I’ve been fascinated with the DNA ancestry testing ever since I saw the National Geographic special, “The Human Family Tree”, about the Genograph Project. They take a diverse group of various ethnic people in New York, and trace back to their common origins. It’s so powerful, I’d love to see it made mandatory viewing in every school in the world – because when you find out that you’re related to everyone else, it’s a little silly to feel like any one group is better. So I thought this story about one man’s response to his DNA testing was illustrative:
Onorato’s best guess is that his people shuttled between southern and eastern Europe, driven by disease, religious persecution, changing weather patterns, and the search for fertile soil.
But where does that non-Caucasian blood come from, he wondered. Probably from slaves who’d been kidnapped from Australia and sold along the Silk Road, the trade route that linked Asia and the Mediterranean.
Does knowing this make a difference in how you see yourself? I asked.
“I have always thought of myself as a white Italian American from South Jersey, and I’m really 25 percent non-Caucasian,” he said. “I was very prejudiced. I don’t think I wanted to hurt anyone, but I wanted to be able to live where I wanted to and pick my friends. I definitely wasn’t very liberal with that stuff. I think as I grew up, that changed.
“My wife and sister say now I should be more sensitive to other people, which maybe I am. You always hear, regardless of religion, we’re all made in God’s image. Maybe we’re all mixed up and not that uniquely different.”
When you’re a blogger, you become so used to bad news, you’re thrilled when something good happens. So I love to pass along stories like this one from the Reading Eagle. Enjoy!
Calling himself Secret Santa, an anonymous businessman doled out scores of $100 bills Tuesday in Reading, one of America’s poorest cities.
In all, about $20,000 was given out by the light-haired, clean-shaven man, who sported a red shirt and a red cap with the word Elf on the back as he was accompanied by police at a bus station and other locations.
The generosity brought at least two people to tears, as seen on a Reading Eagle video.
“There’s a lot of happiness that comes of this,” he says in the footage. “I get more out of this than they do.”
In the newspaper’s write-up, the man tells how he is following in the boot steps of Kansas City’s Larry Stewart, who gave away more than $1 million over 25 years as a Secret Santa. Stewart died in early 2007, shortly after revealing his identity.
“I promised him on his deathbed that I would continue the tradition,” the latest Santa said.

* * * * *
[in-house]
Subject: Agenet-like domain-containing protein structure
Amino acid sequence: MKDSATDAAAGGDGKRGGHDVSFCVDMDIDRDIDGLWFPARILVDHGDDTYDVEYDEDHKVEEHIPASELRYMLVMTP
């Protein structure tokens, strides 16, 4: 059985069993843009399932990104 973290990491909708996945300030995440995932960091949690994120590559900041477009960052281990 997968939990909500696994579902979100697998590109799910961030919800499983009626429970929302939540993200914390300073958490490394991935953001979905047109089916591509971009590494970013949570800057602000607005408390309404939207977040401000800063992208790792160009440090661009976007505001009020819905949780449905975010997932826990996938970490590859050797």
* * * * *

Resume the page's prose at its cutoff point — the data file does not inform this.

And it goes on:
He plans to spread more cheer in other cities, accompanied by the likes of comedian Larry the Cable Guy, the newspaper said.
We really are at the mercy of the people who report the stories. Not all of the misinformation is by design; some stories are simply too complex for a non-insider to grasp, and the creation and propagation of various derivatives is complicated even for most people who work in the financial field.
I don’t understand what world these people live in. Do these people honestly believe that the elderly, most of whom are already sick in one way or another or are destined to become so (after all, it’s a rare person who stays perfectly healthy and then dies peacefully in his sleep at age 92) should be forced into a more complicated system than that which already exists? It’s as if they are being accused of irresponsibly running up big bills and must be taught a lesson in prudence before they die.
I would love to know where this penchant for making the health care system even more complicated and unworkable comes from? And why does everyone have to be a “consumer?” We are citizens and human beings and when we get old we get sick, period. Making elderly people shop around in order to live is utter nonsense when we know that the only reason to do so is to keep our “privatized” system reaping profits every step of the way.
It’s the abstraction in all these debates that drives me crazy. People, not statistics. Patients, not consumers. Yes, health care costs are high and are absorbing more and more of our GDP, but the sick people are not the problem. Getting sick can happen to anyone and getting old is something that will happen to everybody (if they’re lucky). Treating being human as a problem is the problem.
It was a nice surprise to see a smidgeon of actual history in a newspaper — an explanation in the NYT for Iran’s deep hostility toward Britain, providing context for the story of the storming of the British Embassy earlier this week. More here.